Despite a clear tendency towards enlightening social relations, the Internet does not promise to give revolutionaries their socialist society on a plate. In fact, it offers us the parallel “disinformation revolution” as well. Unlike misinformation, disinformation is deliberate.
Although mass propaganda can be expected to decrease quantitatively, customised propaganda may increase qualitatively. Propaganda and spin could become more, not less, powerful, as mass media gives way to “mess media” and a proliferation of micro-channels, micro-markets and perhaps micro-cultures makes the targeting of disinformation against selected individuals more feasible. It’s as if the ultimate dream of the free-marketeers is of six billion separate Earths, a doppelganger for each of us, and consensus or revolution impossible in any of them. But humans aren’t so easy to control, nor communication so easy to stop. The right-wing utopians forget about our critical faculties and our propensity to gossip amongst ourselves:
The hypnotic spell of years of television and its intense public relations is broken as people learn to deconstruct and recombine the images intended to persuade them. The result is that the population at large gains the freedom to re-examine previously accepted policies and prejudices” (Rushkoff, Cyberia, p.55-6).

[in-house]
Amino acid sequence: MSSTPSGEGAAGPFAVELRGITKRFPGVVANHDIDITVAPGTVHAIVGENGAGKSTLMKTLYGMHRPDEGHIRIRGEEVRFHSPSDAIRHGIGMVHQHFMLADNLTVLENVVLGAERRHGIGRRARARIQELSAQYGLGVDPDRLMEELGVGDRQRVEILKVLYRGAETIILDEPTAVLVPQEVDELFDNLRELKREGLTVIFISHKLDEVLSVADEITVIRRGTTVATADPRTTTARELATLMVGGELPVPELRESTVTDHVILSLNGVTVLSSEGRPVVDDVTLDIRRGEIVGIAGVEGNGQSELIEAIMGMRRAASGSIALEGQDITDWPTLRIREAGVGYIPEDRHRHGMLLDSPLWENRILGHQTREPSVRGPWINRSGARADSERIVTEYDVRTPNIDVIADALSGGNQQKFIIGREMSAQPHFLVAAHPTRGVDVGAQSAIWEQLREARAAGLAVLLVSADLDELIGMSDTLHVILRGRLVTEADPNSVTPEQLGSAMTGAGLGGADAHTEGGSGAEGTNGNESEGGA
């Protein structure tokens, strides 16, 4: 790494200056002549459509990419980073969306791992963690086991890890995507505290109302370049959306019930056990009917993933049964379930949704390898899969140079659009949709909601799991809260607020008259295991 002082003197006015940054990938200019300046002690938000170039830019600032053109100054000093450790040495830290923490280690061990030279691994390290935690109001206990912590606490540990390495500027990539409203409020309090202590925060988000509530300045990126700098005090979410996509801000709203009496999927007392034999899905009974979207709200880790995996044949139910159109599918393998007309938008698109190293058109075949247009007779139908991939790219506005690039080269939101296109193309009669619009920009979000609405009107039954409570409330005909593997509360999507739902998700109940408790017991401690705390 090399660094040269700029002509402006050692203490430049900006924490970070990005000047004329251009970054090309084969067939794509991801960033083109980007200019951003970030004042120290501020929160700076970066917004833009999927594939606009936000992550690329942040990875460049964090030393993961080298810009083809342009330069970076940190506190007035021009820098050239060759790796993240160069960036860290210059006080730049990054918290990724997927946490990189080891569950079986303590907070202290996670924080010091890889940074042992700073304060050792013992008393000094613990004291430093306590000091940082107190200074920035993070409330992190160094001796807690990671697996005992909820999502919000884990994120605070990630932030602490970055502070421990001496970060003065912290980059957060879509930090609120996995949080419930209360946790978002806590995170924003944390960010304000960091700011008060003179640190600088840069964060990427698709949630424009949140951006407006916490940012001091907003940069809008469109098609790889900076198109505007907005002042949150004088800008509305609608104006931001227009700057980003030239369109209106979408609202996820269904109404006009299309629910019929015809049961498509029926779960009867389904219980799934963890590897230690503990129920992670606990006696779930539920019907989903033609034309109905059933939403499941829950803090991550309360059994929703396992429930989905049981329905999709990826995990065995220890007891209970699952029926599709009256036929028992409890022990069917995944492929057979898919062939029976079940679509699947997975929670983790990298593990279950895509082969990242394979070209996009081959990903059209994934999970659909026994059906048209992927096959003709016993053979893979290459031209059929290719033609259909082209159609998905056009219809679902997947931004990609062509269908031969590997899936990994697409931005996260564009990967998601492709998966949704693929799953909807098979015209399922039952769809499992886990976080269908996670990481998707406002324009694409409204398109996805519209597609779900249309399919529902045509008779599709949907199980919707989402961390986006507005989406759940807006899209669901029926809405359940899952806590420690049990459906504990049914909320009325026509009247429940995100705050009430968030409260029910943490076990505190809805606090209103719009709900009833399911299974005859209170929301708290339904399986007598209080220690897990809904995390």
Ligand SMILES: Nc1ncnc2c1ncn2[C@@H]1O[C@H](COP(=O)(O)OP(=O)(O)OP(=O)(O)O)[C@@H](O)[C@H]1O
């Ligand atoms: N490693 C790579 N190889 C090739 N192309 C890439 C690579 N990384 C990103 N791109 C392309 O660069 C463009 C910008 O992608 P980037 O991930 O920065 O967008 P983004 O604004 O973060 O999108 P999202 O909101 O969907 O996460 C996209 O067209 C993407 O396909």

The danger of participation is that there are . . . thousands of potentially critical eyes watching every entry. A faulty fact will be challenged, a lie will be uncovered, plagiarism will be discovered. Cyberspace is a truth serum (Rushkoff, p.18).
In 1992 the size of the world labor force was something like 1.76 billion people; by 2025, if current trends stay more or less what they are, the world labor force is going to be 3.1 billion people. That means every year for the next thirty years the world economy needs to create 38 to 40 million new jobs. And it’s got to do that at a time when the main technological trend is going in the opposite direction of net job liquidation” (http://www.eff.org/pub/Publications/E-journals/CyRev).
Ubiquity drives increasing returns in the network economy. The question becomes: what is the most cost-effective way to achieve ubiquity? And the answer is: give things away. Make them free (New Rules for the New Economy, Fourth Estate, 1998).
The network economy has set into motion the power of hobby tribes and informed peers . . . The law of increasing returns can feed a small interest into a mid-sized interest. Whereas once there was a lone fanatic for every notion, now there is a devoted website for every fanatic notion; soon there can be 10,000 fellow enthusiasts for every fascination (Kelly, p.105).
They will be playing computer games, watching interactive TV, and shopping in virtual malls. The stratified distribution of education will act as the guardian of the virtual border between the passive and the active user, and prevent those populations participating in multi-directional interactivity from increasing in any significant numbers (Alinta Thornton, Ch.5, http://www.wr.com.au/democracy/thesis1).